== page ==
This is one reason I prefer cutting back perennials in late winter or early spring.

Q.Should I prune my 10-year-old trumpet vine this fall?

Should I cut it back to the ground?

A. If possible, prune in late winter or early spring before growth begins. This way you remove any winter damage or dead wood at the same time.

Plus, the wounds will close more quickly, reducing the risk of disease.

Prune your trumpet vine to maintain the framework of the plant. Remove weak or damaged branches to the main stems or the base of the plant.

Shorten side shoots back to two or three buds from the main framework. You can renovate overgrown vines and those that lack a framework with more severe pruning.

Cut overgrown plants back to 12 inches above the ground. Then start developing a sturdy framework that can be maintained with yearly pruning.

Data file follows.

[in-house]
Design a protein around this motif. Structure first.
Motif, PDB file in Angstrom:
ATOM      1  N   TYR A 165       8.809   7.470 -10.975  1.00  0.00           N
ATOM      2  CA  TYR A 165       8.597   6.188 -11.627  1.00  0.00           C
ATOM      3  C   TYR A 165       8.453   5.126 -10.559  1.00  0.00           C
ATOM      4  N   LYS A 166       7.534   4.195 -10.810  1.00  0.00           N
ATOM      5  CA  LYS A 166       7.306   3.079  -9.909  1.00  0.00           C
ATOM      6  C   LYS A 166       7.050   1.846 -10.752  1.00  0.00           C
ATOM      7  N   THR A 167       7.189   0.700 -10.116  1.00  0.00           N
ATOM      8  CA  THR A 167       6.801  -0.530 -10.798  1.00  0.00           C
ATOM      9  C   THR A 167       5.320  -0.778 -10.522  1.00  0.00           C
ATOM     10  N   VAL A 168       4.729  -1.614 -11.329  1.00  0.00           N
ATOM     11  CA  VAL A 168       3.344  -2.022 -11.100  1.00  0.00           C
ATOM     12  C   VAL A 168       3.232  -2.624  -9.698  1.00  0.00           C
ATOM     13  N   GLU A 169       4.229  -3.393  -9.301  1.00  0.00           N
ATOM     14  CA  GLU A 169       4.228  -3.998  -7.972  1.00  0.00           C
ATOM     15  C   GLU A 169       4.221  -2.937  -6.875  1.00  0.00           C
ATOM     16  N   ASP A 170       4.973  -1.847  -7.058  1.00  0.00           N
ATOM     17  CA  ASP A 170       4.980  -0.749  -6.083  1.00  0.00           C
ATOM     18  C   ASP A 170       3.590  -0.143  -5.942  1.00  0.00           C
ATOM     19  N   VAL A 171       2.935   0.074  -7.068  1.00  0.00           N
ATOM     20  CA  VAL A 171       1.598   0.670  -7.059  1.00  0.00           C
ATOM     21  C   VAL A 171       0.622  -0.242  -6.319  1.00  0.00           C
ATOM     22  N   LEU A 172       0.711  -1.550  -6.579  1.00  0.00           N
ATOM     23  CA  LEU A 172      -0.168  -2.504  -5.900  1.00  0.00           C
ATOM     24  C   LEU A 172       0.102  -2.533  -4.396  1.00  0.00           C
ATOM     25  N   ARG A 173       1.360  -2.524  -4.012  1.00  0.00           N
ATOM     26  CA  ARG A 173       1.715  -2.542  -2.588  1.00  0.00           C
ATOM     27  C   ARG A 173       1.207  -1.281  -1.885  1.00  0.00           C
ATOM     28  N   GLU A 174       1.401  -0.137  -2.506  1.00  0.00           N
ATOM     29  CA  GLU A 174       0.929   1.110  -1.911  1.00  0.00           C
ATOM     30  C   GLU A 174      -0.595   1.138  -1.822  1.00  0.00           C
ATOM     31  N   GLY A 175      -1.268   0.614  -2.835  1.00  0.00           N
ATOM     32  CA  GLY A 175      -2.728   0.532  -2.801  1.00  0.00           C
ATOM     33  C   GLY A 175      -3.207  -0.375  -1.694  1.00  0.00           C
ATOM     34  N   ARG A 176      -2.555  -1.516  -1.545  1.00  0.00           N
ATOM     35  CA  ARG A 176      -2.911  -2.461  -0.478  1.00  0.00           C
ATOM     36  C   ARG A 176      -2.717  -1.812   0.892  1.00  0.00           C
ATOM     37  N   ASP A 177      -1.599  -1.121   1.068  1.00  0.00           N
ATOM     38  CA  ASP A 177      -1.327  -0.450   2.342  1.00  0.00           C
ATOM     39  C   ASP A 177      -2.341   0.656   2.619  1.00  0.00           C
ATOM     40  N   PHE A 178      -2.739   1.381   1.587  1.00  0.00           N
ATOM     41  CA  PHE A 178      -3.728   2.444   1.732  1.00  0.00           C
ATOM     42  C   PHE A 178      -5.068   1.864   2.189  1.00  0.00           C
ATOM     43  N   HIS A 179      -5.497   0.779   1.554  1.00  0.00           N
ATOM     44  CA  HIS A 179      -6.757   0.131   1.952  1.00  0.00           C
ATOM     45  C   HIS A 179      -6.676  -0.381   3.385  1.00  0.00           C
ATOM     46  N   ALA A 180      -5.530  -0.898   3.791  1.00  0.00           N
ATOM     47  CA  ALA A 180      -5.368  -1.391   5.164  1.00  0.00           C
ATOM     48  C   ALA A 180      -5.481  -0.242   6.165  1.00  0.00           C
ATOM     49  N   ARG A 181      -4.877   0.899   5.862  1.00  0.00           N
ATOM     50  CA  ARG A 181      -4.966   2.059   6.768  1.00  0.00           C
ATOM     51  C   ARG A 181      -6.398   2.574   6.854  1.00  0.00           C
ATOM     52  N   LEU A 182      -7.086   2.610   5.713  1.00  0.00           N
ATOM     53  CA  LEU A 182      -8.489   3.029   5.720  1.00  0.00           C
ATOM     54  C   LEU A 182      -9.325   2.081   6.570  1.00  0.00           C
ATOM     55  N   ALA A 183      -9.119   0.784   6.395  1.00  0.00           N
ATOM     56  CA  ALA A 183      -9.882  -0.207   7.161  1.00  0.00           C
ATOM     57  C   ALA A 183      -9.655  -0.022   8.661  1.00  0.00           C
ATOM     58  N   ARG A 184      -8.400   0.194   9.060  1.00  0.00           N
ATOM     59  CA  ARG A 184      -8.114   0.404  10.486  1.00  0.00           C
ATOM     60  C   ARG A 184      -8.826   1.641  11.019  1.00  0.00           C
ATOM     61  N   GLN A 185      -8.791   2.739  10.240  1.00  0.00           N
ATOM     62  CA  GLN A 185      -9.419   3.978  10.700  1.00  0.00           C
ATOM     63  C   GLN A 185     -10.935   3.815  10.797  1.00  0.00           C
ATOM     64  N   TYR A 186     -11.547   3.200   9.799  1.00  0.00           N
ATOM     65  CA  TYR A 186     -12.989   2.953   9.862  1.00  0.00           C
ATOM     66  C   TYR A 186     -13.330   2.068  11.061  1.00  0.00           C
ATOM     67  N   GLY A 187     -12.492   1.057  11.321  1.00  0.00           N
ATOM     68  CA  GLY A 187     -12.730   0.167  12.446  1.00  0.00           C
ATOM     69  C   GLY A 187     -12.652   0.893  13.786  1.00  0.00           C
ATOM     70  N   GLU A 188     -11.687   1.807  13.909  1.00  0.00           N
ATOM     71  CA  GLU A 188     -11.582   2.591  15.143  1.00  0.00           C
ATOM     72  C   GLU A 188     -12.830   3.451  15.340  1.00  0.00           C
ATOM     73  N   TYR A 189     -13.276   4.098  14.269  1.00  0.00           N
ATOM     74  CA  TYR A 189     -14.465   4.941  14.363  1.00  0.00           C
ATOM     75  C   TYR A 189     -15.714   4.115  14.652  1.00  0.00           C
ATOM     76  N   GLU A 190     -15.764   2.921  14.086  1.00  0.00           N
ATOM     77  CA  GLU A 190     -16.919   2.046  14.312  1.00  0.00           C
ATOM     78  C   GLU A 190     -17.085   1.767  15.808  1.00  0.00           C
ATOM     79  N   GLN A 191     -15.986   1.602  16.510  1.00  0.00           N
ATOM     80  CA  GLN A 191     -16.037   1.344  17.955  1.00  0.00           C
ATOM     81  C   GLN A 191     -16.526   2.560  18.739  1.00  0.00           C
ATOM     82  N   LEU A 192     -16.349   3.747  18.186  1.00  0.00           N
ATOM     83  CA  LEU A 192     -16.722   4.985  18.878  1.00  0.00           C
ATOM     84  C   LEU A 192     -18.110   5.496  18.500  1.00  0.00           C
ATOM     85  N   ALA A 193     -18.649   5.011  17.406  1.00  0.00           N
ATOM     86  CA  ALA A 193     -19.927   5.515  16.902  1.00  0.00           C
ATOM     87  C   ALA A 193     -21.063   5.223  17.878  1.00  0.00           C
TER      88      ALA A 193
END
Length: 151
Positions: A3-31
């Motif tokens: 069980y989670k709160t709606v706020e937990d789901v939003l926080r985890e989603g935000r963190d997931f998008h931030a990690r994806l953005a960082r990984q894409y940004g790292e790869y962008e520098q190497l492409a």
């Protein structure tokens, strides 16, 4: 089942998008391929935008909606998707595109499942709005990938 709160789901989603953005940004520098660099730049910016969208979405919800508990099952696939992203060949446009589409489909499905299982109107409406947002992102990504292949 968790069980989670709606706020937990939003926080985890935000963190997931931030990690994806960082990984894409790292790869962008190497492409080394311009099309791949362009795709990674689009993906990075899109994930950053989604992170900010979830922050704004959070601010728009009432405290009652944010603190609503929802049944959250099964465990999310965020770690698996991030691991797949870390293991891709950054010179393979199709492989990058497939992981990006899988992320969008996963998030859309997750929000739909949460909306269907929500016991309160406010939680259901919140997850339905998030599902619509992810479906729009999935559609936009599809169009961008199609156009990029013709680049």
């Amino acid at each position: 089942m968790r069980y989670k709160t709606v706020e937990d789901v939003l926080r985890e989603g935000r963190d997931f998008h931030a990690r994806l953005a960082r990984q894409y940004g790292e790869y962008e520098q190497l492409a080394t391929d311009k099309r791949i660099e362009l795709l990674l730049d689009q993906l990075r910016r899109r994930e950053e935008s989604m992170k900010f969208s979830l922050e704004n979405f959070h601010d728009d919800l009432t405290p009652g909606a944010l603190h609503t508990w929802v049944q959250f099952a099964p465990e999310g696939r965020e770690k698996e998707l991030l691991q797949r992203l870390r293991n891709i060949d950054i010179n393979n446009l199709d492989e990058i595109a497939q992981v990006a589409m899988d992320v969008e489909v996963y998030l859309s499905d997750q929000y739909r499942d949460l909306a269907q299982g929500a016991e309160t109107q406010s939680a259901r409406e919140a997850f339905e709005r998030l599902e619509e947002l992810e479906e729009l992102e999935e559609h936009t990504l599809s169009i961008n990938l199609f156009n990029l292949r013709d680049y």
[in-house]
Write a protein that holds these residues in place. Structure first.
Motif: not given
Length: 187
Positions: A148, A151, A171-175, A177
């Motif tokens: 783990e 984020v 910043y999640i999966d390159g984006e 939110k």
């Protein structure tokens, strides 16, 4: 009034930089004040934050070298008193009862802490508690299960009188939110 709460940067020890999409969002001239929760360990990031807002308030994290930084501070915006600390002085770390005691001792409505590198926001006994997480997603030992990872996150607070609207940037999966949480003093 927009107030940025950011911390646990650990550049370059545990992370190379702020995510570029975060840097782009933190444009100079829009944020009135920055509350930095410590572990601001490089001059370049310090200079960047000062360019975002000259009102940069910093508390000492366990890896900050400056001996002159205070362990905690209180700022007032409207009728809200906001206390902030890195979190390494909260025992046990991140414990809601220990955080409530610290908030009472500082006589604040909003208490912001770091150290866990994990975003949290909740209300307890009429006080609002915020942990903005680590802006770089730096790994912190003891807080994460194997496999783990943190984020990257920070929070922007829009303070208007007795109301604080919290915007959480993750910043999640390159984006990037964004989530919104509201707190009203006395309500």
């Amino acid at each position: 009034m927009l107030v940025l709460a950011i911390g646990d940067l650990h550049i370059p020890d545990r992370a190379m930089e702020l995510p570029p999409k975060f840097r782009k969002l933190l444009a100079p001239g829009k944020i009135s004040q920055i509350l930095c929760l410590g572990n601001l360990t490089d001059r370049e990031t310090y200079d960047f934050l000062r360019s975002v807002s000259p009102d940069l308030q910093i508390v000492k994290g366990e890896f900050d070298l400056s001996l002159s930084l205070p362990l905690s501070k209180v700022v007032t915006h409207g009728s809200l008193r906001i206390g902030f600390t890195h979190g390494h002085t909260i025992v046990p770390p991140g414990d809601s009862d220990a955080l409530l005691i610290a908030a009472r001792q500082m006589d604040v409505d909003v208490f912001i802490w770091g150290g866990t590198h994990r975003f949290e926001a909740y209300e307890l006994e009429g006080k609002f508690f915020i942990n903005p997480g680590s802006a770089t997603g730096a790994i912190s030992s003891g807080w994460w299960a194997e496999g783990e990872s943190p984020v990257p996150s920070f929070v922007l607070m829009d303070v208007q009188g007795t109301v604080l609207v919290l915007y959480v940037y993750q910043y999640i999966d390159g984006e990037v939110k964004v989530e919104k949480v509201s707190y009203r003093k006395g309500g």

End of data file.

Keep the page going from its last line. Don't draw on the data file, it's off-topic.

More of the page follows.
Email questions to Melinda Myers through her website,, or write her at P.O. Box 798, Mukwonago, WI 53149.

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Jack Christensen’s garden tips for the week starting Nov. 21

Wind vs. trees: Keep in mind that we often get wind storms in Southern California around Thanksgiving. If you haven’t already done so and your trees have dense growth, you would be wise now to prune off some of the branches, so the wind can pass through instead of breaking them off.

TLC for citrus trees: Citrus trees need continuous soil moisture as the fruits ripen, so continue irrigating them as necessary. And if you haven’t done so yet, give your trees a proper dose of Grow More Citrus Grower Blend or Tru-Green Citrus Growers Mix, available at many garden centers and home improvement stores. These will dramatically increase the sweetness of your fruit.